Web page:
They loudly deny being what they are. The government version of "it's not a gang, it's a club" or "it's a fraternal organization" or "it's community self-defense" or "our gang takes care of people on its turf, we support charities, we go to church, we're not like those REAL crooks" is "government is all of us, working together," or "we're legit because we govern with the consent of the governed."

That last claim is part of the problem: The big differences between the Crips, the Bloods, or MS-13 and a political government are:

1) that a higher percentage of the (government) gang's victims believe the gang's guff; and

2) that a higher percentage of the (government) gang's members do too -- as Frank puts it in "Scarface," they get high on their own supply.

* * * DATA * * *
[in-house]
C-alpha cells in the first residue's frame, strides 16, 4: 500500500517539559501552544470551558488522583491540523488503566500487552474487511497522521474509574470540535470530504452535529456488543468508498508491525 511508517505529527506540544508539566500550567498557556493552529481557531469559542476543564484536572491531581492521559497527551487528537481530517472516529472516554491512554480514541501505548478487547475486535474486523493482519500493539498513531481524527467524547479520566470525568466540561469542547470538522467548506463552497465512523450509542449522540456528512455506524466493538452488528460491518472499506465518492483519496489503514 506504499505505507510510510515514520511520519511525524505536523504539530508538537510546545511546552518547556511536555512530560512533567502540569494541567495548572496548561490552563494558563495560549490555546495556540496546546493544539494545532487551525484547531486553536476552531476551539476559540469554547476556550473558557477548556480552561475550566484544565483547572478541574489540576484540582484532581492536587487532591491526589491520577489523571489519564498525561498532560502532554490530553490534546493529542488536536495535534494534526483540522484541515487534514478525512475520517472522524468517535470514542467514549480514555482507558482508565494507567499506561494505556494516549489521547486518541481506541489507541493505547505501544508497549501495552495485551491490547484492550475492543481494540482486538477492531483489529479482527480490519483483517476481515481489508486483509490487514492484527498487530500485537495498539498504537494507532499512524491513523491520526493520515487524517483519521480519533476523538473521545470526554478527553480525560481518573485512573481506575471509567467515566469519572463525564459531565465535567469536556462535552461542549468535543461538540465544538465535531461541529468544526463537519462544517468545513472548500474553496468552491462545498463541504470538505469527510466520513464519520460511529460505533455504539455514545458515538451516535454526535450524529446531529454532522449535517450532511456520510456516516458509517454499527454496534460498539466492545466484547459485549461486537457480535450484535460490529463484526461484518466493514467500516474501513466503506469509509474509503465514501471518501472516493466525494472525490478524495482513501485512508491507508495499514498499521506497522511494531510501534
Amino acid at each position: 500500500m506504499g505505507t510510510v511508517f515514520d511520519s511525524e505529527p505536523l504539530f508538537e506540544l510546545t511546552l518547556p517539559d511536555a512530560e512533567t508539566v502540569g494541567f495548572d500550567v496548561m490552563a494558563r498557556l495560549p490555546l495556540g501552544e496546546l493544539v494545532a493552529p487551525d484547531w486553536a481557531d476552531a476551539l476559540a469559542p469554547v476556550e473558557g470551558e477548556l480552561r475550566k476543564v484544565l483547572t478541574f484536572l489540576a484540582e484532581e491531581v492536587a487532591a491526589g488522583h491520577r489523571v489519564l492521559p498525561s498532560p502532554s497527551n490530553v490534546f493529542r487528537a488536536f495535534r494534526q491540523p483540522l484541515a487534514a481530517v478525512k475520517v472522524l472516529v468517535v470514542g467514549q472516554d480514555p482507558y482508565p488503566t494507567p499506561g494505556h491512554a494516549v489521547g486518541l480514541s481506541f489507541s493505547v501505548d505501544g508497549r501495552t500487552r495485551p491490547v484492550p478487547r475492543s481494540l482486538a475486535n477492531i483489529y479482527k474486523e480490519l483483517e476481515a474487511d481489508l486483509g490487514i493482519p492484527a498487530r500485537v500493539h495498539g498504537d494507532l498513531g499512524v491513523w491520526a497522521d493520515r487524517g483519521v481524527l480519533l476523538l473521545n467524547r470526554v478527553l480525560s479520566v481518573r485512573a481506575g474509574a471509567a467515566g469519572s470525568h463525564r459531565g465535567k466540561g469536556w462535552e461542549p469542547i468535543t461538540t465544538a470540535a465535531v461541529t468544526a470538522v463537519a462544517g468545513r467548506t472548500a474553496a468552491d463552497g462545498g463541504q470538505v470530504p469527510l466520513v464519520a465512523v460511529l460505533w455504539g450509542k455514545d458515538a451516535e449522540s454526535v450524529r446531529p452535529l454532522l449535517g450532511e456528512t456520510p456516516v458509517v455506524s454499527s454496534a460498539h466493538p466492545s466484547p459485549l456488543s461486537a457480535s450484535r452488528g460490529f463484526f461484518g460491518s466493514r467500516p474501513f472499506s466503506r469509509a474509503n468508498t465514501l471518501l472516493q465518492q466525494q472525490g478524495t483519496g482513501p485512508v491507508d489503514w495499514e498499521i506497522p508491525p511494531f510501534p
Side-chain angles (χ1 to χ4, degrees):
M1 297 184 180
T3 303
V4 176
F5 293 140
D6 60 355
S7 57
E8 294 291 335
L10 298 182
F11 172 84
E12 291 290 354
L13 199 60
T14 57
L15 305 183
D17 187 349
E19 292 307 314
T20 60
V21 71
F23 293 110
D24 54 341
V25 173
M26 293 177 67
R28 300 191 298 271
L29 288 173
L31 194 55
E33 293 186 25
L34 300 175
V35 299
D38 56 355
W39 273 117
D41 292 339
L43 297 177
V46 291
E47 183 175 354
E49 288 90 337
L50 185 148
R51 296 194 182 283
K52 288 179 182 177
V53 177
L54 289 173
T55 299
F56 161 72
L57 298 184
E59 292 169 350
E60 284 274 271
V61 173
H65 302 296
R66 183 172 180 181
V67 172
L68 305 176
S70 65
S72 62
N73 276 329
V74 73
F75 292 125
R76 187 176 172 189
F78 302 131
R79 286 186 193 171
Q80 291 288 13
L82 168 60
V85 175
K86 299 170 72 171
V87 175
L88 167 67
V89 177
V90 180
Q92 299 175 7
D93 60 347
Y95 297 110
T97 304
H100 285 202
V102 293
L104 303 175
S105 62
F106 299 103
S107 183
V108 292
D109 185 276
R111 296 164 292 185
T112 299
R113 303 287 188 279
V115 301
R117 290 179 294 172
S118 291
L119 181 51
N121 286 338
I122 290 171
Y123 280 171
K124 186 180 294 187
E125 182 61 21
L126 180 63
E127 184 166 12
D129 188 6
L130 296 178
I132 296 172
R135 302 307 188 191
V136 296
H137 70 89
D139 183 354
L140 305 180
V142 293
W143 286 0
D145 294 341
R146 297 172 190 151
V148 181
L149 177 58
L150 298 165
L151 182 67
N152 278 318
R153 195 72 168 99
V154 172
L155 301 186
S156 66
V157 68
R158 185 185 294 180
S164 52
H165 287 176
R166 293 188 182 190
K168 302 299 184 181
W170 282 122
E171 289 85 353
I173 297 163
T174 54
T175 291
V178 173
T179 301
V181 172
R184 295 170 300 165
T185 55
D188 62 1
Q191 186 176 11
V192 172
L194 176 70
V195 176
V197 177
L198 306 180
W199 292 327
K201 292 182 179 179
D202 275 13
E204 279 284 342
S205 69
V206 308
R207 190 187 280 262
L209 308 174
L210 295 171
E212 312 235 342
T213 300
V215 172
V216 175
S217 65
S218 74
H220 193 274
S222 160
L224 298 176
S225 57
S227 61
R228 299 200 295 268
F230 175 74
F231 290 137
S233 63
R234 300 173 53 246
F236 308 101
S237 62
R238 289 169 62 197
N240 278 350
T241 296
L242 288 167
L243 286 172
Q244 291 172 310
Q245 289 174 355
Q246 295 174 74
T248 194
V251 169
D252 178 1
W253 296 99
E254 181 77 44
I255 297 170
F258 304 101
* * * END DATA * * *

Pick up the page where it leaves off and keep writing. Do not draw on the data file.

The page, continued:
Thursday, September 10, 2020

There's an Odd Claim ...

... that I've seen argued with respect to both the meaning of the phrase "natural born citizen" and to the concept of "birthright citizenship."

The claim, summarized:

"If a turn of phrase in the US Constitution partially and imperfectly matches the title of a book that some of the Constitution's framers owned, the entire content of that book is not only thereby incorporated into the Constitution itself, but supersedes any subsequent amendments to that Constitution."

Interesting ...

One of these things is not like the other four:

Judge Andrew Napolitano: Trump goes on the attack -- against the military
Nick Sandmann: I’m a pro-life conservative Republican college student who won’t let cancel culture silence me
James Carafano: Proposed Nord Stream 2 natural gas pipeline from Russia to Germany shouldn’t be built
Tim Graham: 'Fact-checkers' are pro-Biden, biased against Trump
Gutfeld on Trump's nomination for the Nobel Peace Prize

Can you spot the difference?

It's Coming ...

... on, Wikipedia says, December 18.


I often want to see a movie on its opening day.